PDA

View Full Version : Whose Aikido is it gonna be


Please visit our sponsor:
 

AikiWeb Sponsored Links - Place your Aikido link here for only $10!


aikishihan
09-01-2009, 10:36 AM
In any discussion regarding the origin of Aikido, the intent of the Founder, and the message to any and all who choose to study its history and apply such lessons to their own agendas for growth, one fact remains clear. There is no standard from which to judge or verify the truths of anyone’s convictions.

I believe that the Founder of Aikido was just a man, whose actions and findings were made special, due to his extraordinary focus on his goals. Given the time frame in which he operated, it is inconceivable to me that anyone currently studying the Aiki principles and discoveries that resulted in O’Sensei’s Aikido, can truly appreciate what the Founder had to deal with. The privations he endured, the personal losses he absorbed, and the unique individuals and culture he was exposed to were key in helping him formulate his Aikido. We may have similar influences today, but not like those available to him at that time.

The Founder worked in essentially a vacuum, in contrast to the enormity of resources we enjoy today. The life discoveries we can now witness would have completely astounded Morihei Ueshiba, were he to be alive today. Doubtless, his Aikido would have taken paths unknowable to any of us, since who really knew the man himself. Such a discussion would be pointless to pursue.

Since we may never truly know or understand the forces that helped shape the Founder’s thinking, nor the manner in which he incorporated the various threads of his training, with others as well as himself, the awesome impact of his religious experiences and choices of expression, or even the unimaginable effect of dealing with pre and post war Japan, following his experiences in China undertook with Deguchi Onisaburo et all. These singular experiences were one of a kind, so to speak, and no matter how much scholars and well meaning researchers delve into such historical matters, who can say that they would know how to walk in O’Sensei’s actual footwear, and unknown pathways over the years.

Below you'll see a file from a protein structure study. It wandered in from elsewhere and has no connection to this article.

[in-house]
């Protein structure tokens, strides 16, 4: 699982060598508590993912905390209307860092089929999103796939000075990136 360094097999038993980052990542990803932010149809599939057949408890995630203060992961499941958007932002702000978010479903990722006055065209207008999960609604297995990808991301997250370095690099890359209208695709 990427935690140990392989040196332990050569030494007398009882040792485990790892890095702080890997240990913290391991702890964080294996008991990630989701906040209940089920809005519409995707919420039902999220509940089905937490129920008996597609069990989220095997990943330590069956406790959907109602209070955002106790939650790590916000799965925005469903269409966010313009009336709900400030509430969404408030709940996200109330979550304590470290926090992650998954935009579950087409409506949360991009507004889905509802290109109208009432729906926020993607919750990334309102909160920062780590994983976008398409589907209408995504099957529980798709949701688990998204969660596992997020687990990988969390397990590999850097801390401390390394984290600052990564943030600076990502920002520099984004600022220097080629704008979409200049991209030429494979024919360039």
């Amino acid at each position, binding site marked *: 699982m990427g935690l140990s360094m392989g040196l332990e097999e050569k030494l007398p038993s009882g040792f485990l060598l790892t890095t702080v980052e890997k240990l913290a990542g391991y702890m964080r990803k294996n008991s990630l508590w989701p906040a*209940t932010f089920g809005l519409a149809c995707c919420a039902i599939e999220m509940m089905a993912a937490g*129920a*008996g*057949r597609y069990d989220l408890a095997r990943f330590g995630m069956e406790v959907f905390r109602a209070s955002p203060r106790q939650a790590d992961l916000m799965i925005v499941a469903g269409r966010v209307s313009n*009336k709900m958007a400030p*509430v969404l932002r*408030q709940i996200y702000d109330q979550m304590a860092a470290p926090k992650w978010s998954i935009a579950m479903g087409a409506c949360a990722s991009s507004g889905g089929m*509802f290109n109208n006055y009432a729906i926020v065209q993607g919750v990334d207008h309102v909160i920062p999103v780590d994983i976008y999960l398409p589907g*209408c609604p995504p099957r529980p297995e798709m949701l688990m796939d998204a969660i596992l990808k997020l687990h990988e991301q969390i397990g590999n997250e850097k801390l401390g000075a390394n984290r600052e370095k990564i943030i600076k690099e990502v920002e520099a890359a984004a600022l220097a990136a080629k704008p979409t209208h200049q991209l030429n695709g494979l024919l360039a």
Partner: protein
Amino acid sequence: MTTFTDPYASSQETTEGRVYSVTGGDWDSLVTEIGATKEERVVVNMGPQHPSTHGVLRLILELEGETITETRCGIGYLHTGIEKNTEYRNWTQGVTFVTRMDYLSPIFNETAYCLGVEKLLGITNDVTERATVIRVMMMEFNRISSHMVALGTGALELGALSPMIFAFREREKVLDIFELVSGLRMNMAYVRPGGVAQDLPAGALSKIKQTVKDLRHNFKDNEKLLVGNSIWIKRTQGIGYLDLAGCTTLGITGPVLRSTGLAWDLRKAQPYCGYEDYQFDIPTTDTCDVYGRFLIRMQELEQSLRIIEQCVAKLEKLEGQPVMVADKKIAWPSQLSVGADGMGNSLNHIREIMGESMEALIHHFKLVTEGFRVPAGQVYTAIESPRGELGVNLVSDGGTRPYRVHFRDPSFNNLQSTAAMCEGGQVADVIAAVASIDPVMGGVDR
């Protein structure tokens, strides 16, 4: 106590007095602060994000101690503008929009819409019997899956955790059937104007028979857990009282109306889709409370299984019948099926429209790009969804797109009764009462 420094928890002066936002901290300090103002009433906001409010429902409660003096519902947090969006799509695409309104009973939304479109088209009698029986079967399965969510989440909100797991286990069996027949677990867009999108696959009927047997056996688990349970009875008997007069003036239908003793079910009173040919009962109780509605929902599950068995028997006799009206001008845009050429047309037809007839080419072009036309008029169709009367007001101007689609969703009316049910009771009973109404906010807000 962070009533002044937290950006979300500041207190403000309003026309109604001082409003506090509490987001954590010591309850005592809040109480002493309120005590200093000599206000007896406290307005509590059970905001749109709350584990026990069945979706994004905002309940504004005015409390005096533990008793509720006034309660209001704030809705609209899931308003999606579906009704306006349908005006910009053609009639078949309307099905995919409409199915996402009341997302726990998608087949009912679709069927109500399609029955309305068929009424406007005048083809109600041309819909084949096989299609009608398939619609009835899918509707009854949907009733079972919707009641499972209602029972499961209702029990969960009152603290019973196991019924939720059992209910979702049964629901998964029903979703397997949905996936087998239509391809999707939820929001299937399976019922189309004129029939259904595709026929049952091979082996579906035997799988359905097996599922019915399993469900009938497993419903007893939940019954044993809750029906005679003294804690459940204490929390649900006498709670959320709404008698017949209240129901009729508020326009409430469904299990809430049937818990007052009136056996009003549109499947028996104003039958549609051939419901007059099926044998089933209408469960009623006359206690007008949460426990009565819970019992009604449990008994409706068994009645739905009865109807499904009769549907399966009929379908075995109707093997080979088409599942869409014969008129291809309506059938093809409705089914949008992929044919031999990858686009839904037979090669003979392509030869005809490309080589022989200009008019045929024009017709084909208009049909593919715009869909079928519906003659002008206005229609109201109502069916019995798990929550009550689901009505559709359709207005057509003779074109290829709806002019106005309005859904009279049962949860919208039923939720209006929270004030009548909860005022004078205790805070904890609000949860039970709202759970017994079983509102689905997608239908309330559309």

For myself, I do not feel qualified to even begin to resurrect the time frames and the psychological examination of the Founder’s mind or his amazing decisions. Rather, I am more comfortable with examining at my pace and ability, those very same principles and truths he studied to create his own working “Ueshiba Aiki”, from the far greater pool of knowledge and experience called Aiki. These very same principles I find in daily training, whether on the mat, or in my mind as I work through my day, dealing with the core issues we all face in various forms and degree.

The late Doshu constantly reminded us that the path of Aikido is a daily one, where the intensity and purpose of our daily training remains ours alone. We are ultimately accountable for what we achieve, and not by comparing our results to that of the Founder, or any other imagined standard. Let us resolve once again, to treat each day as a fresh start on our continuing path towards Aiki understanding.